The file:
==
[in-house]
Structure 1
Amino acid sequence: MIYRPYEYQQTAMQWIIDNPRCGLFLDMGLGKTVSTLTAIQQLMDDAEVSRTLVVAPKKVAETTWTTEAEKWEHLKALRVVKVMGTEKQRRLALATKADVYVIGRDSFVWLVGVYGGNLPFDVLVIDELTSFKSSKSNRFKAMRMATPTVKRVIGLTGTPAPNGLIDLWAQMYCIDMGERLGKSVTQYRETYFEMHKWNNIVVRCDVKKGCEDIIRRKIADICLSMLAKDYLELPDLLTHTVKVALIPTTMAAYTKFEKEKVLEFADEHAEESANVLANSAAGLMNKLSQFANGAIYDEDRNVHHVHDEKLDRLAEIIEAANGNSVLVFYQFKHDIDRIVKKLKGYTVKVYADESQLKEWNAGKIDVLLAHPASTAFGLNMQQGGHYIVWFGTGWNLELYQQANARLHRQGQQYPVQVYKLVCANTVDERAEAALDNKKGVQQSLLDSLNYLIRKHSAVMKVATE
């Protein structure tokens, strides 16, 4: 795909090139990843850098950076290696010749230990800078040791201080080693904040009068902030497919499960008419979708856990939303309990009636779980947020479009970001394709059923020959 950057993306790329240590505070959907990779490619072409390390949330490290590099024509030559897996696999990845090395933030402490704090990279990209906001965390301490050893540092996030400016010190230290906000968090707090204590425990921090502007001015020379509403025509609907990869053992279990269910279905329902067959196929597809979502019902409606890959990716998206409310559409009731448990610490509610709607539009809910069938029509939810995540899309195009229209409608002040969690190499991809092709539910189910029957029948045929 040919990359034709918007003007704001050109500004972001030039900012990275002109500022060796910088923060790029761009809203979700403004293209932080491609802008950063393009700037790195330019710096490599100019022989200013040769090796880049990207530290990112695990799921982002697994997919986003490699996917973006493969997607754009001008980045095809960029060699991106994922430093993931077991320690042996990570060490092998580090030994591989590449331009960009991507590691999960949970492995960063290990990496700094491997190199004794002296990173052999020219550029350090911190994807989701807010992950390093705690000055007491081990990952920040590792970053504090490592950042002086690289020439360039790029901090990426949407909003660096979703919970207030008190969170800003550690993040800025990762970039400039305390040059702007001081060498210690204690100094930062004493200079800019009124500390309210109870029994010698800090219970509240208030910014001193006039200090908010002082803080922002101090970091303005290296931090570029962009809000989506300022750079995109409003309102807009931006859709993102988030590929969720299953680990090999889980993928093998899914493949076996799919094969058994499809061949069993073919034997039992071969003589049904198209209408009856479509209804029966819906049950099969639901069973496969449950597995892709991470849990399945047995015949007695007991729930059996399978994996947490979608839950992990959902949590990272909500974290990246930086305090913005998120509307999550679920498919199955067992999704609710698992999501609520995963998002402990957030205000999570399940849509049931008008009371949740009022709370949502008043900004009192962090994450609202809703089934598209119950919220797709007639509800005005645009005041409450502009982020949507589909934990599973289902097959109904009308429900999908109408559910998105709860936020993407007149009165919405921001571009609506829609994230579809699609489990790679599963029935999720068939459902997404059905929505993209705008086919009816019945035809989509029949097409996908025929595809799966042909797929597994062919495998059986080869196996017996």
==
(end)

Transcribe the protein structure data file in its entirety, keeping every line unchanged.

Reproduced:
[in-house]
Structure 1
Amino acid sequence: MIYRPYEYQQTAMQWIIDNPRCGLFLDMGLGKTVSTLTAIQQLMDDAEVSRTLVVAPKKVAETTWTTEAEKWEHLKALRVVKVMGTEKQRRLALATKADVYVIGRDSFVWLVGVYGGNLPFDVLVIDELTSFKSSKSNRFKAMRMATPTVKRVIGLTGTPAPNGLIDLWAQMYCIDMGERLGKSVTQYRETYFEMHKWNNIVVRCDVKKGCEDIIRRKIADICLSMLAKDYLELPDLLTHTVKVALIPTTMAAYTKFEKEKVLEFADEHAEESANVLANSAAGLMNKLSQFANGAIYDEDRNVHHVHDEKLDRLAEIIEAANGNSVLVFYQFKHDIDRIVKKLKGYTVKVYADESQLKEWNAGKIDVLLAHPASTAFGLNMQQGGHYIVWFGTGWNLELYQQANARLHRQGQQYPVQVYKLVCANTVDERAEAALDNKKGVQQSLLDSLNYLIRKHSAVMKVATE
């Protein structure tokens, strides 16, 4: 795909090139990843850098950076290696010749230990800078040791201080080693904040009068902030497919499960008419979708856990939303309990009636779980947020479009970001394709059923020959 950057993306790329240590505070959907990779490619072409390390949330490290590099024509030559897996696999990845090395933030402490704090990279990209906001965390301490050893540092996030400016010190230290906000968090707090204590425990921090502007001015020379509403025509609907990869053992279990269910279905329902067959196929597809979502019902409606890959990716998206409310559409009731448990610490509610709607539009809910069938029509939810995540899309195009229209409608002040969690190499991809092709539910189910029957029948045929 040919990359034709918007003007704001050109500004972001030039900012990275002109500022060796910088923060790029761009809203979700403004293209932080491609802008950063393009700037790195330019710096490599100019022989200013040769090796880049990207530290990112695990799921982002697994997919986003490699996917973006493969997607754009001008980045095809960029060699991106994922430093993931077991320690042996990570060490092998580090030994591989590449331009960009991507590691999960949970492995960063290990990496700094491997190199004794002296990173052999020219550029350090911190994807989701807010992950390093705690000055007491081990990952920040590792970053504090490592950042002086690289020439360039790029901090990426949407909003660096979703919970207030008190969170800003550690993040800025990762970039400039305390040059702007001081060498210690204690100094930062004493200079800019009124500390309210109870029994010698800090219970509240208030910014001193006039200090908010002082803080922002101090970091303005290296931090570029962009809000989506300022750079995109409003309102807009931006859709993102988030590929969720299953680990090999889980993928093998899914493949076996799919094969058994499809061949069993073919034997039992071969003589049904198209209408009856479509209804029966819906049950099969639901069973496969449950597995892709991470849990399945047995015949007695007991729930059996399978994996947490979608839950992990959902949590990272909500974290990246930086305090913005998120509307999550679920498919199955067992999704609710698992999501609520995963998002402990957030205000999570399940849509049931008008009371949740009022709370949502008043900004009192962090994450609202809703089934598209119950919220797709007639509800005005645009005041409450502009982020949507589909934990599973289902097959109904009308429900999908109408559910998105709860936020993407007149009165919405921001571009609506829609994230579809699609489990790679599963029935999720068939459902997404059905929505993209705008086919009816019945035809989509029949097409996908025929595809799966042909797929597994062919495998059986080869196996017996």